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If you thought clause 24 of the 2015 finance bill was underhanded, wait until you get a load of this!
The government have slipped some additional clauses into the finance bill 2016 “Sections 75-78: taxation of profits from trading and investing in UK Land” which make profits made on the sale of buy-to-let property become taxable income, at income tax rates.
This wasn’t announced in the budget and there has been no consultation.
The Law Society has made representations to the government, prepared by its Corporation Tax sub-committee. These representations set out how the amendments will materially change some investors tax obligations.
Law Society chief executive Catherine Dixon said “By introducing a significant change in this way, the government is denying the public the chance to consider and comment on these proposals. If the government did not intend to make a material change, they need to clarify the language in the bill before it is passed. If they are intent on these changes, they should submit them for proper public consultation and legislative scrutiny”
A Law Society Pres Release says …
“Significant amendments to the Finance Bill slipped in at committee stage set a disturbing precedent of avoiding proper consultation and scrutiny.
The changes, which alter the way buy-to-let properties will be taxed, may result in many investors paying income tax rather than a capital gains tax on their investment, creating uncertainty for taxpayers.
The way these changes were introduced, in particular without consultation on the draft legislation before it was added to the bill at such a late stage, starts to feel like legislation by stealth.
No matter what the policy proposals, proper consultation and process is vital to maintain public confidence in our democratic institutions.”
They key sections of the report are:
2.4 For example, proposed section 356OB(4) CTA 2010 would apply the new rules where “the main purpose, or one of the main purposes, of acquiring the land was to realise a profit or gain from disposing of the land” (Condition A). The consequence would be that the profit on realisation would be taxed as income rather than as capital gain. We consider that there are many situations where this formulation of the test would capture transactions that are uncontroversial investment transactions. Similar concerns arise in relation to Conditions B and D. (Proposed section 517B ITA 2007 has the same effect for income tax.)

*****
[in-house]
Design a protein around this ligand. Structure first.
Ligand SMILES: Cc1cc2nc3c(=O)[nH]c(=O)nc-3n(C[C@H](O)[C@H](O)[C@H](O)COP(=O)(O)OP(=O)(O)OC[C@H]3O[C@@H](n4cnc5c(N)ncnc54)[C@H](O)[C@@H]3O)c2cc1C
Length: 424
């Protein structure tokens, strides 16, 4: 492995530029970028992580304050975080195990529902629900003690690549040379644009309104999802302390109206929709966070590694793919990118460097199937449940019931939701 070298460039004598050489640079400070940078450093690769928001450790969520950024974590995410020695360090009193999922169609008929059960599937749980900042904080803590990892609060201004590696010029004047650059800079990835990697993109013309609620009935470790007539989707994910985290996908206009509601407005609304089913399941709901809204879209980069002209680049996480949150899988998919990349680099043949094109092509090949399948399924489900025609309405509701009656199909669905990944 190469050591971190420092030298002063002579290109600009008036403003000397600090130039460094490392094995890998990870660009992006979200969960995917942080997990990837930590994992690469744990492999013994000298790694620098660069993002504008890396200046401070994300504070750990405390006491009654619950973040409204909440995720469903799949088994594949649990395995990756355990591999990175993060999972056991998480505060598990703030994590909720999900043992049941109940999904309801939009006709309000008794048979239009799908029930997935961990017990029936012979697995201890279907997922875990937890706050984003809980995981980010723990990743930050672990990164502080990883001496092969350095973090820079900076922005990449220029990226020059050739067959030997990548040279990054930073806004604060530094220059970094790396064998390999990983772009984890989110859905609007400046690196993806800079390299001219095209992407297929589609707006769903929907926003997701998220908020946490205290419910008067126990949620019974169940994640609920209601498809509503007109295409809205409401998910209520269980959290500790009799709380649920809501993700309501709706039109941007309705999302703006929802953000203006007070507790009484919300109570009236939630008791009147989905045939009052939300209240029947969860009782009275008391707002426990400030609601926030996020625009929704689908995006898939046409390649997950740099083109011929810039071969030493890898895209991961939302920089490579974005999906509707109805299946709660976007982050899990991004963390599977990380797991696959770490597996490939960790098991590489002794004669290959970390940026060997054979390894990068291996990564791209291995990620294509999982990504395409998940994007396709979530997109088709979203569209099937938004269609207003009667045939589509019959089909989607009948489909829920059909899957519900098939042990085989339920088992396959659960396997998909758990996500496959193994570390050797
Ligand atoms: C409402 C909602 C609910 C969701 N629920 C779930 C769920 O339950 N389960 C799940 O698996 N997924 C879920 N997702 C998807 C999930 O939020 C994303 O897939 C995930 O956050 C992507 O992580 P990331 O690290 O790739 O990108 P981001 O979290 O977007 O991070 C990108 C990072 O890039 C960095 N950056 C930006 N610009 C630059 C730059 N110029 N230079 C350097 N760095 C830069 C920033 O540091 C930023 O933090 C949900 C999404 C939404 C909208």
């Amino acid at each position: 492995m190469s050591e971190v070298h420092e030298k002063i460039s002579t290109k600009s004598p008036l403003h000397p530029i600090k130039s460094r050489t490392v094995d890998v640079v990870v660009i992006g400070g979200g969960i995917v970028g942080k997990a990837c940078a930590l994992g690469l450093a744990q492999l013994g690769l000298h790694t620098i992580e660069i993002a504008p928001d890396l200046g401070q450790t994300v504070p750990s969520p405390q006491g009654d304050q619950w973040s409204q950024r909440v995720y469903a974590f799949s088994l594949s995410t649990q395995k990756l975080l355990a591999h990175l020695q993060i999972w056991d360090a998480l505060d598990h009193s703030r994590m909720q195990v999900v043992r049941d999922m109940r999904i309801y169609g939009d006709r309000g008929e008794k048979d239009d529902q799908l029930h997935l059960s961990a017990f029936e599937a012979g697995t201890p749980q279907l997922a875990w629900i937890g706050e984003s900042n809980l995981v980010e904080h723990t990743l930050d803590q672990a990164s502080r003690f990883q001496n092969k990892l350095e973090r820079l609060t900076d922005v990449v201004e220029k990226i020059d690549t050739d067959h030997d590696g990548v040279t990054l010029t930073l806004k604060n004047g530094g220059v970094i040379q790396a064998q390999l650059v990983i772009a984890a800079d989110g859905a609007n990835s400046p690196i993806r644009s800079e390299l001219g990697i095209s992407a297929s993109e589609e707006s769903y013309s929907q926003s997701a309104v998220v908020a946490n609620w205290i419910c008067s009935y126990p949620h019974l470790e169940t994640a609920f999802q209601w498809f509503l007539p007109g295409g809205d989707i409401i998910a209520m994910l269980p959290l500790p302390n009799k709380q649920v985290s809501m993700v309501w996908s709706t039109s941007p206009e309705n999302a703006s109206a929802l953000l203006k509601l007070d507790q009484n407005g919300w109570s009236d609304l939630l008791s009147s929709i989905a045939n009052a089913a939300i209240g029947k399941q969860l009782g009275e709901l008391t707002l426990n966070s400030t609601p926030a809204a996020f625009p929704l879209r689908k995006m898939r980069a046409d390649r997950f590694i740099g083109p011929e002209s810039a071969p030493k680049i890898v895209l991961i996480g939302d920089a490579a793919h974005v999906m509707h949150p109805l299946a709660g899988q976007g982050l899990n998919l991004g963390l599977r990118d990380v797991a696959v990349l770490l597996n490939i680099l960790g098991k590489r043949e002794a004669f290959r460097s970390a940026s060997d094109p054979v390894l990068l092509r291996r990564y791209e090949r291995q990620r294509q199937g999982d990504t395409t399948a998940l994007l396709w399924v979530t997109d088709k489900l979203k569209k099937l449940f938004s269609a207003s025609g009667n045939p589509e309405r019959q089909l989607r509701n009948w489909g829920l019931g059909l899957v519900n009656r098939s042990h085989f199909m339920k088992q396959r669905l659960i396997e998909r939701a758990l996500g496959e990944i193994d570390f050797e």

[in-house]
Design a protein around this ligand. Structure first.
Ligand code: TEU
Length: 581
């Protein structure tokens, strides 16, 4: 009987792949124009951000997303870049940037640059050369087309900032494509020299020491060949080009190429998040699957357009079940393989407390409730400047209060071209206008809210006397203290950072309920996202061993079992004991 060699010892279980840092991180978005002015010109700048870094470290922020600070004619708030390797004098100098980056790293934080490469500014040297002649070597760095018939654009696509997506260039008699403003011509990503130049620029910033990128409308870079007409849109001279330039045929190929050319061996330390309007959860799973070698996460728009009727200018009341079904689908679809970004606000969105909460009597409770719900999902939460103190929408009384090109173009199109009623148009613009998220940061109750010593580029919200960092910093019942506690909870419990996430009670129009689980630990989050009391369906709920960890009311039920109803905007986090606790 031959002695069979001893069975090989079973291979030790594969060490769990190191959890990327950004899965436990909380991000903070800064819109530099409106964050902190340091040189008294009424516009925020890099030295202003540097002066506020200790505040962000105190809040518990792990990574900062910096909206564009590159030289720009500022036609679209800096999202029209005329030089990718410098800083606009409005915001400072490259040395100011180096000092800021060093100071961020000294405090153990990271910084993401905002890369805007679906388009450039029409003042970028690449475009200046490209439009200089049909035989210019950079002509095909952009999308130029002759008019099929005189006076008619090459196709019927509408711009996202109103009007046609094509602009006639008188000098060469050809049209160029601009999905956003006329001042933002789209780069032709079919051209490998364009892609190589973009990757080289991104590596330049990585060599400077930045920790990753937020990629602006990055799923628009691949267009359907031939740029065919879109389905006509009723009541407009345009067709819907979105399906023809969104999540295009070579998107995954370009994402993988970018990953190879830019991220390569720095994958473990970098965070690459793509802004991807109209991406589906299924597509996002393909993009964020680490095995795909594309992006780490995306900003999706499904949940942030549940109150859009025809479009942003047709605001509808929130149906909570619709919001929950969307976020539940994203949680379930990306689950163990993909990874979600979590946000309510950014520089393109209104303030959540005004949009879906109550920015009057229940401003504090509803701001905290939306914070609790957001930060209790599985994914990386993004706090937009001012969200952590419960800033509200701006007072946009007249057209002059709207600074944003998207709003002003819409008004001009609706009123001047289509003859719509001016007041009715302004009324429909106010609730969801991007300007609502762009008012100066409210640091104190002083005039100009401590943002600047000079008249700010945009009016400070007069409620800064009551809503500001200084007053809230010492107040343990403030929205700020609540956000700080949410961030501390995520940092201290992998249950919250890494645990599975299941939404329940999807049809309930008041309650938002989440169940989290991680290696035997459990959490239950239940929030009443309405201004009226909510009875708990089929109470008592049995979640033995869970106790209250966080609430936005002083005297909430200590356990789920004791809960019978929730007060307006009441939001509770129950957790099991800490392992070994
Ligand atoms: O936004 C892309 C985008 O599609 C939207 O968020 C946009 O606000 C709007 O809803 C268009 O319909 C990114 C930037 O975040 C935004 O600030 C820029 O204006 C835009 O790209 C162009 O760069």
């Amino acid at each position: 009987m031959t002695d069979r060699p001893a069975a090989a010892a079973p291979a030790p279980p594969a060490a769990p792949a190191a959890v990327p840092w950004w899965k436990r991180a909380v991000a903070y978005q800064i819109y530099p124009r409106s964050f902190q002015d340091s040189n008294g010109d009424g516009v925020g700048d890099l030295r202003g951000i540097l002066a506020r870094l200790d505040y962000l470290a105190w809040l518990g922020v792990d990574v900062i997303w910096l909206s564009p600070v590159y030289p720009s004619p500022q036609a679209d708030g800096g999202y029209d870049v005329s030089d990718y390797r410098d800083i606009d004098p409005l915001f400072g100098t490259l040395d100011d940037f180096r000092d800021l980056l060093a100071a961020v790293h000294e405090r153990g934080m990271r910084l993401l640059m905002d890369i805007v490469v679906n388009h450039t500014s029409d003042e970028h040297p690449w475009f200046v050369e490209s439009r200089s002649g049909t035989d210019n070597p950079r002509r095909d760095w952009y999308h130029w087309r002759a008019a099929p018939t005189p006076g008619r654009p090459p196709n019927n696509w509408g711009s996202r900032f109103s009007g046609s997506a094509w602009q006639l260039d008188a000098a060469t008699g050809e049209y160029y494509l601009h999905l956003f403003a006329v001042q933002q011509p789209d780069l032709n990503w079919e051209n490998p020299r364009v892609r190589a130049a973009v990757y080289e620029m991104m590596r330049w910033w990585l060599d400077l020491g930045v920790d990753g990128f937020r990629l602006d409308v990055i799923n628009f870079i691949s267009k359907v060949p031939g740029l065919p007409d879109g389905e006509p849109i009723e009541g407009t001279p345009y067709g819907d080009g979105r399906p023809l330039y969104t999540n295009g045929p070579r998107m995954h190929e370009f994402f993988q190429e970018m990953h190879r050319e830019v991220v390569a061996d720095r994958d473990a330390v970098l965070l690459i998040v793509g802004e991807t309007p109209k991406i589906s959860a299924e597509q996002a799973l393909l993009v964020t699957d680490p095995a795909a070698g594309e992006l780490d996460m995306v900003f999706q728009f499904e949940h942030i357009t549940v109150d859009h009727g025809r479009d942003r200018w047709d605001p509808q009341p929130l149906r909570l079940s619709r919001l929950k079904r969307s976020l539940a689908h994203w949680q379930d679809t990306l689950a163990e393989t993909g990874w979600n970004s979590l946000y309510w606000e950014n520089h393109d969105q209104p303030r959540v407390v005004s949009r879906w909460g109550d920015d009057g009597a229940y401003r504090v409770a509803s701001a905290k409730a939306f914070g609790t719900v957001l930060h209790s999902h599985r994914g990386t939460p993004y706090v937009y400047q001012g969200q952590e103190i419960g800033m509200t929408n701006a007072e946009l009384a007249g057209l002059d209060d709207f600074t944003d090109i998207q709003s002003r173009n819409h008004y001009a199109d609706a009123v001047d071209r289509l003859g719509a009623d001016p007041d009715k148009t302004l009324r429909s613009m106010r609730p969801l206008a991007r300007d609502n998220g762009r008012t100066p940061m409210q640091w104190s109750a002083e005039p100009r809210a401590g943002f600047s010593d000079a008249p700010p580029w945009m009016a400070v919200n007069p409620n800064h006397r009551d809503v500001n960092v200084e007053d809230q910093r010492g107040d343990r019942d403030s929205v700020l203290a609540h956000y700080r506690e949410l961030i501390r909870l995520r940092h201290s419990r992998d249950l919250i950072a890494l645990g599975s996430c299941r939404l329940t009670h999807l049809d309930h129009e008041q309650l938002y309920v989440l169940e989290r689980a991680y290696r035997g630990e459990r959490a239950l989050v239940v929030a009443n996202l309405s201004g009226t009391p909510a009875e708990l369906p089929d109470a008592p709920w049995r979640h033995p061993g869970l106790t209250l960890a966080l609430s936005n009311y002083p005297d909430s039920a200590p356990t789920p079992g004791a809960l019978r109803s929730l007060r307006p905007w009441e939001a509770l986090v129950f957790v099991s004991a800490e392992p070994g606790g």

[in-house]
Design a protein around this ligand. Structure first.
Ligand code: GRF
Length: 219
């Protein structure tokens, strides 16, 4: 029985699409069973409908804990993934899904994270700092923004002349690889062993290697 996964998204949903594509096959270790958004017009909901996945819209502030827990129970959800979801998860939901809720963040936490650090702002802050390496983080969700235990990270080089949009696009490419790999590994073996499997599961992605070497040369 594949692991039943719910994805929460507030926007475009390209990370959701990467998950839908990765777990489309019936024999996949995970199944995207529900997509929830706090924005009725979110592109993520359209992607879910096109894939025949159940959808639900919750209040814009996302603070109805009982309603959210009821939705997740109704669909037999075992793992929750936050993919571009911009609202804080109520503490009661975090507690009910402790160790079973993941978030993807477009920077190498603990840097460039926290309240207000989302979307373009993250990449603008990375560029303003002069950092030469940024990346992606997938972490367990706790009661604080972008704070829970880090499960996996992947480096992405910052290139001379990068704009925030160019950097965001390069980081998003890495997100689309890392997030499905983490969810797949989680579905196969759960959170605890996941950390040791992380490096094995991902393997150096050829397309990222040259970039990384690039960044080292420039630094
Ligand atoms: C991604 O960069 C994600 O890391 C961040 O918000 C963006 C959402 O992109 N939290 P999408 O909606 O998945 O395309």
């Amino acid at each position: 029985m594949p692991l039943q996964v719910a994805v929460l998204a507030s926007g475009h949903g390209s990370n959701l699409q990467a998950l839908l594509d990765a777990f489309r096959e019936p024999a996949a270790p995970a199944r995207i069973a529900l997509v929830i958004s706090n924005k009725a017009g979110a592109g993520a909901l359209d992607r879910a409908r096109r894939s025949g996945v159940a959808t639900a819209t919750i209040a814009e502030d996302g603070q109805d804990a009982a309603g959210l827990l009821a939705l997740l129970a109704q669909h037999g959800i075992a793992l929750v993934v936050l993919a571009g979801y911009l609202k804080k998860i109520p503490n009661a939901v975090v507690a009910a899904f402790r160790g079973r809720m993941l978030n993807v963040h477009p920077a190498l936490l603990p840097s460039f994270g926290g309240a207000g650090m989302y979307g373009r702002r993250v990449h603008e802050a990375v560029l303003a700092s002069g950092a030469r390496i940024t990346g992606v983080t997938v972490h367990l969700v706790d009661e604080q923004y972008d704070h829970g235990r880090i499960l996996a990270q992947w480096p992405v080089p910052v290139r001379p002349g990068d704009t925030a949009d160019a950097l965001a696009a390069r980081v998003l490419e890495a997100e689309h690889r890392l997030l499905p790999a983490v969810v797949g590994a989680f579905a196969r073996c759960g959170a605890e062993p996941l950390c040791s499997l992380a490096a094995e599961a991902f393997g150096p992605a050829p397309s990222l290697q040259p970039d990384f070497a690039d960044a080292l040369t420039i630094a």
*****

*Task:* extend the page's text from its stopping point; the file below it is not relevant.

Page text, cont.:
2.5 In particular, we consider that this formulation of the test could apply to many buy-to-let investors, despite the fact that they are clearly engaged in a property investment business on general principles. Any buy-to-let investor will assess the overall yield before making an investment decision. In areas of the country with low rental yields, an essential part of the investment proposition is the prospect for capital growth, even if the investor‟s intention is to hold the property for the medium to long term. Indeed in the current market, and given the low returns on other asset classes, there are few areas where the prospect of capital growth is an immaterial consideration for investors. Financially speaking, it is hard to say that the obtaining of that capital growth would not be one of the main purposes of acquiring the land. However, the average buy-to-let investor will have assumed that it will be taxed at capital gains tax rates on ultimate disposal of the property. If the government‟s intention were to change this, then the Society‟s view is that this should have been subject to proper consultation on the principle policy and the draft legislation. If the government‟s intention is not to change this, then the Society considers that the terms of the legislation should be amended to reflect that.
Sections 75 and 76 of the finance bill deal with Corporation Tax but 77 and 78 deal with Individuals/Income Tax.
A link to the specific bit in the draft legislation is here -> http://www.publications.parliament.uk/pa/bills/cbill/2016-2017/0047/cbill_2016-20170047_en_17.htm#pt3-pb5-l1g77
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